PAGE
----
The patient’s renal function should be aggressively monitored during therapy. A pre-treatment serum creatinine, BUN (serum urea nitrogen/SUN), serum electrolytes (including magnesium if possible), total plasma protein (TPP), packed cell volume (PCV), body weight, and urinalysis should be done prior to starting therapy. BUN, creatinine, PCV, TPP, and body weight are rechecked before each dose is administered. Electrolytes and urinalysis should be monitored at least weekly during the course of treatment. Several different recommendations regarding stopping therapy when a certain BUN is reached have been made. Most clinicians recommend stopping, at least temporarily, amphotericin treatment if the BUN reaches 30-40 mg/dl, serum creatinine >3 mg/dl or if other symptoms of systemic toxicity develop such as serious depression or vomiting.
At least two regimens have been used in the attempt to reduce nephrotoxicity in dogs treated with amphotericin. Mannitol (12.5 grams or 0.5 – 1 g/kg) given concurrently with amphotericin B (slow IV infusion) to dogs may reduce nephrotoxicity, but may also reduce the efficacy of the therapy, particularly in blastomycosis. Mannitol treatment also increases the total cost of therapy by approximately two times.
Sodium loading prior to treating has garnered considerable support in recent years. A tubuloglomerular feedback mechanism that induces vasoconstriction and decreased GFR has been postulated for amphotericin B toxicity; increased sodium load at the glomerulus may help prevent that feedback. One clinician (Foil 1986), uses 5 ml/kg of normal saline given in two portions, before and after amphotericin B dosing and states that is has been “… helpful in averting renal insufficiency… ”.
Cats are apparently more sensitive to the nephrotoxic aspects of amphotericin B, and many clinicians recommend using reduced dosages in this species (see Dosage section).
Other adverse effects that have been reported with amphotericin B include anorexia, vomiting, hypokalemia, phlebitis and fever.
Overdosage/Acute Toxicity – No case reports were located regarding acute intravenous overdose of amphotericin B. Because of the toxicity of the drug, dosage calculations and solution preparation procedures should be double-checked. If an accidental overdose is administered, renal toxicity may be minimized by administering fluids and mannitol as outlined above in the Adverse effects section.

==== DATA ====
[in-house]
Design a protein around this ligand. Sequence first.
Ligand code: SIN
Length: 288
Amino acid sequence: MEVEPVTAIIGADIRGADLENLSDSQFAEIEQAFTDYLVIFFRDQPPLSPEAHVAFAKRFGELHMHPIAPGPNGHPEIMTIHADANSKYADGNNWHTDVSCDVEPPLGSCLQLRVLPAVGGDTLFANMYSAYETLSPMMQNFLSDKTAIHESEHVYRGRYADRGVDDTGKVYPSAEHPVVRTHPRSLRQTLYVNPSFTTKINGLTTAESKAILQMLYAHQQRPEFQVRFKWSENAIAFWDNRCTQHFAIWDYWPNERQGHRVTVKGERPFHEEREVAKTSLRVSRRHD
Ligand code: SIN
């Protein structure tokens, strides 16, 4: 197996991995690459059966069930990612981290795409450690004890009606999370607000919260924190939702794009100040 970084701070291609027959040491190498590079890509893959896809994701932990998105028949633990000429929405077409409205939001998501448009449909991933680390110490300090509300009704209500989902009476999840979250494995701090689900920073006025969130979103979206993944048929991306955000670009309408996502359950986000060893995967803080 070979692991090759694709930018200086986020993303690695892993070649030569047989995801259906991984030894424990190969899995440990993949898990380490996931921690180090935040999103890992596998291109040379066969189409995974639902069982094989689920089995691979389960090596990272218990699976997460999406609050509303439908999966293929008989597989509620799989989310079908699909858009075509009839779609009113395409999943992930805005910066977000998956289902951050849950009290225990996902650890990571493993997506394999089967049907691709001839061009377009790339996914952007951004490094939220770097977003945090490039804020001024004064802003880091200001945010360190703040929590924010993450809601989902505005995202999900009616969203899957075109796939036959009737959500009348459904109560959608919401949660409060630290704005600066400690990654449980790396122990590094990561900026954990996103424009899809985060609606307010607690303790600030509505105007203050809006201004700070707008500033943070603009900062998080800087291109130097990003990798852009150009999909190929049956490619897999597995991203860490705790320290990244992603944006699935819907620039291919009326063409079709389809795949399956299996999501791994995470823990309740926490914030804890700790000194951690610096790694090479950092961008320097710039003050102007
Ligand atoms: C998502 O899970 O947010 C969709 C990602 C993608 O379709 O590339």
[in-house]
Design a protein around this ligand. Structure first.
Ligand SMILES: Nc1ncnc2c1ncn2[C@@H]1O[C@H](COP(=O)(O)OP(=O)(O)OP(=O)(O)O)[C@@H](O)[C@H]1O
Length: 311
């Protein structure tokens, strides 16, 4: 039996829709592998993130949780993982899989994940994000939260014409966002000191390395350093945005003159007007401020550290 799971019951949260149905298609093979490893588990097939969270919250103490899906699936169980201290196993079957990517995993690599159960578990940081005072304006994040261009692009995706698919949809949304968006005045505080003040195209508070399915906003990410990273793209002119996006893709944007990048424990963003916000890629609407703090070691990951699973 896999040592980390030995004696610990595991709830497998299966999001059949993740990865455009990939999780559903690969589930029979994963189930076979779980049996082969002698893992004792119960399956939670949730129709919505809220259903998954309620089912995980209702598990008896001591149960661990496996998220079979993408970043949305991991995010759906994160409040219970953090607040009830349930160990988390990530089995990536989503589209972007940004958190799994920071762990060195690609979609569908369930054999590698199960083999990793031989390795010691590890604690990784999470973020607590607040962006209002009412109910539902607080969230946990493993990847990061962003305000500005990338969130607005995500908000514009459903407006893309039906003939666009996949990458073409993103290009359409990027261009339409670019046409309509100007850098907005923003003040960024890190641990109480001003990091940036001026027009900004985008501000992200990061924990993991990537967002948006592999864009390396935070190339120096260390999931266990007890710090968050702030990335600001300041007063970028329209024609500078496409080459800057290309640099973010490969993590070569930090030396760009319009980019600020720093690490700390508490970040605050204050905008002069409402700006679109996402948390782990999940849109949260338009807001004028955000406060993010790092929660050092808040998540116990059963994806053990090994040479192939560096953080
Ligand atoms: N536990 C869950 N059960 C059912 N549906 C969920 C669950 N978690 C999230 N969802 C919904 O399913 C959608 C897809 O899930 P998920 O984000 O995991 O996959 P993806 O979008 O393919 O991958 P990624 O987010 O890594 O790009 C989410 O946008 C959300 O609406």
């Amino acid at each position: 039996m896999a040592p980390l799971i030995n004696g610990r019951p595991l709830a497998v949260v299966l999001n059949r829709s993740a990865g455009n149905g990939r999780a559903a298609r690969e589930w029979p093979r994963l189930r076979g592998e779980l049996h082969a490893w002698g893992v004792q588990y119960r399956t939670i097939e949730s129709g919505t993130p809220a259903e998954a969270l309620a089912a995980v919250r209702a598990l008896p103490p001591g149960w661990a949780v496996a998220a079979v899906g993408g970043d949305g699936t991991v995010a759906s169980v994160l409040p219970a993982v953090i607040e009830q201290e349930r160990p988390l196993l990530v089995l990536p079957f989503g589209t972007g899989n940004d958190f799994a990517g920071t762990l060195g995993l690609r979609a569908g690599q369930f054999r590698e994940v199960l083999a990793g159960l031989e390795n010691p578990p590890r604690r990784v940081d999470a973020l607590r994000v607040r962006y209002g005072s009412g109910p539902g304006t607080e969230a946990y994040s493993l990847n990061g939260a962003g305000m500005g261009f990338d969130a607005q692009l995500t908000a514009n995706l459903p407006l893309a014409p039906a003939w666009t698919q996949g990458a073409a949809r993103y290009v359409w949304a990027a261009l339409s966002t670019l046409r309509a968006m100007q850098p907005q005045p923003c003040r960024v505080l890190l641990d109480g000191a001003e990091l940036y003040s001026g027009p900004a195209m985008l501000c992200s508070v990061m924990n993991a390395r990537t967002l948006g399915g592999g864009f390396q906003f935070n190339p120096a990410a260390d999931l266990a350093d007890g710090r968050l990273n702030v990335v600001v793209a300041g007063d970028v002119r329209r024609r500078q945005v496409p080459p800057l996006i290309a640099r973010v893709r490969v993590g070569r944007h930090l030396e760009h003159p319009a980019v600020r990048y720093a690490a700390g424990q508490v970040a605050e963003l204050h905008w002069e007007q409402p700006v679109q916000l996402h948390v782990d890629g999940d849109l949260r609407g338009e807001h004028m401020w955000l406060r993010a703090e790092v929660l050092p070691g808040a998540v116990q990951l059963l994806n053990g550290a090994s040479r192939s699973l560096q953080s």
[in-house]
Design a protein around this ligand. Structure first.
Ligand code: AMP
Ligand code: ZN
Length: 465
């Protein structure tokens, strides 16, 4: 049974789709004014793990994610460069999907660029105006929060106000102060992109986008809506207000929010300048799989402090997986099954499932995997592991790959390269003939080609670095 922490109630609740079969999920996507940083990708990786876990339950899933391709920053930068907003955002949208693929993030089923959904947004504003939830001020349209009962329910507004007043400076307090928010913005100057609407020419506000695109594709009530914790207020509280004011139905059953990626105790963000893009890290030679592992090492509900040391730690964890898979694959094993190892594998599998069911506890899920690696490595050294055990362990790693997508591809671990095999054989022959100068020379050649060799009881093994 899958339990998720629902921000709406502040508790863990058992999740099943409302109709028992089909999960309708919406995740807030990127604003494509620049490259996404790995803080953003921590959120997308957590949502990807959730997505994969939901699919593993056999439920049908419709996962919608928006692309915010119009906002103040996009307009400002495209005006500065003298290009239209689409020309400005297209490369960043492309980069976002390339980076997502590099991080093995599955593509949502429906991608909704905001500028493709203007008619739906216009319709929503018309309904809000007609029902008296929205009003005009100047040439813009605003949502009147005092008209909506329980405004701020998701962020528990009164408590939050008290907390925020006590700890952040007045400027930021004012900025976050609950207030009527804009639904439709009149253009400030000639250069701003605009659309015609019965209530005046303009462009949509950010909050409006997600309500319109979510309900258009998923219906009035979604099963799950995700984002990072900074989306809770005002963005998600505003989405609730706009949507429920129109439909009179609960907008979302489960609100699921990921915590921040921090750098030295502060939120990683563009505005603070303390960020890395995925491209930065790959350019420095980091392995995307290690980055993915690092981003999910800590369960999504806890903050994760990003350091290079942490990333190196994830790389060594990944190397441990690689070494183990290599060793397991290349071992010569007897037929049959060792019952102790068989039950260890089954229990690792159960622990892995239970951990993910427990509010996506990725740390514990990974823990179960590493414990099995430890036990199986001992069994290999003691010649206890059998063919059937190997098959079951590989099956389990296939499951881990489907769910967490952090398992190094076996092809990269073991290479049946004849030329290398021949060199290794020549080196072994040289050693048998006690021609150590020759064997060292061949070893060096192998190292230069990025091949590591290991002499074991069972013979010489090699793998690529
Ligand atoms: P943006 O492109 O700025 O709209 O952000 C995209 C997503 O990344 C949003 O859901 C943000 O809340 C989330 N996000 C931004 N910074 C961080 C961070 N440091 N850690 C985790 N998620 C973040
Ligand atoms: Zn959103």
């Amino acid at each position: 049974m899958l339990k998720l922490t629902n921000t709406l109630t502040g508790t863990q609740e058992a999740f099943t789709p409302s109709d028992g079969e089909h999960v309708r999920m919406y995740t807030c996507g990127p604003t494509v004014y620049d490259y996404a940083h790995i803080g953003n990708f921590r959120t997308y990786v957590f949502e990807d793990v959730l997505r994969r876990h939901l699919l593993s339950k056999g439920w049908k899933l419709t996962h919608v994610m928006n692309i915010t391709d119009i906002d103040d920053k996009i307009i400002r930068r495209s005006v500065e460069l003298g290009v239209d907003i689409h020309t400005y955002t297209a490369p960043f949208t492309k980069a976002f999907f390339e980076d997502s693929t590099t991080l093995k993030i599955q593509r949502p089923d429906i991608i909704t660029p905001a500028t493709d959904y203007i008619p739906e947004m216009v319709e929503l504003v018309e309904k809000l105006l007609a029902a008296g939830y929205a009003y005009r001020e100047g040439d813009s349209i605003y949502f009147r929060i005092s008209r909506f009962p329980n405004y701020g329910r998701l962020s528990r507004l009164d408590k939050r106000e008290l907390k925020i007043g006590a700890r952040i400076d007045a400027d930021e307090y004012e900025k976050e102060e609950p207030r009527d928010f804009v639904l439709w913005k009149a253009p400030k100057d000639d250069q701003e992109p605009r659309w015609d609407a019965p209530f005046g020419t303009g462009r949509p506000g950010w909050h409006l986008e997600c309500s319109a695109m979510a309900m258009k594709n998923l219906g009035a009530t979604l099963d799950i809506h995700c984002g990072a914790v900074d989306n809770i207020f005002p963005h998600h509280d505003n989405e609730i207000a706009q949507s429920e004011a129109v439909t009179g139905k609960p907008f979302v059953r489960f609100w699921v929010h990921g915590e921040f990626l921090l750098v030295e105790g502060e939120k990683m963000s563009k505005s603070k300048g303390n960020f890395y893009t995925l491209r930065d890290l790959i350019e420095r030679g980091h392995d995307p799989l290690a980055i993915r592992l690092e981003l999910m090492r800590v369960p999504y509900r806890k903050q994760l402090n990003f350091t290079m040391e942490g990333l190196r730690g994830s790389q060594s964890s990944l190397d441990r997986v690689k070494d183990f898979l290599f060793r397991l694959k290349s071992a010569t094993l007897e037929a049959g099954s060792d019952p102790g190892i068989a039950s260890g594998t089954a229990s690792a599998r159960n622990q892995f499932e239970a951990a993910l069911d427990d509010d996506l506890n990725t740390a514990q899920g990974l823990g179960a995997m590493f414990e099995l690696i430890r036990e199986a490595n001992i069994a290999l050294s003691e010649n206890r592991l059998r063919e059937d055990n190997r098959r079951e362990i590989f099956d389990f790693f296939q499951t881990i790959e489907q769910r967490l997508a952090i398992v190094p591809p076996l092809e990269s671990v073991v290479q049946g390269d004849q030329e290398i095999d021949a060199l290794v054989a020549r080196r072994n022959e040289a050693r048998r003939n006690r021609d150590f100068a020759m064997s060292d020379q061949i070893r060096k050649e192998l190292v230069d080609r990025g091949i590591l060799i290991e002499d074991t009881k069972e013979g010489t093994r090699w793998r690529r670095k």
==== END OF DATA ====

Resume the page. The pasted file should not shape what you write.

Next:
Drug Interactions – Since the renal effects of other nephrotoxic drugs may be additive with amphotericin B, avoid, if possible the concurrent or sequential use of aminoglycosides (gentamicin, amikacin, kanamycin, etc), polymyxin B, colistin, cisplatin, methoxyflurane or vancomycin. Amphotericin B therapy may cause potassium-loss or hypokalemia. This may be of particular concern in patients receiving cardiac glycosides (e.g., digoxin), skeletal muscle relaxants, or other potassium-depleting drugs (e.g., thiazide or loop diuretics).Corticosteroids may exacerbate the potassium-losing effects of amphotericin. Synergy between amphotericin and flucytosine can occur against strains of Cryptococcus and Candida spp., but increased flucytosine toxicity may also occur. Synergism with rifampin (against Candida, Histoplasma, and Aspergillus) and tetracycline (Cryptococcus and Candida spp.) have also been reported against fungi susceptible to amphotericin B. Antagonism of activity has been suggested between amphotericin B and miconazole. Further studies need to confirm this, however. Reconstitution with saline solutions or with solutions containing a preservative may cause precipitation.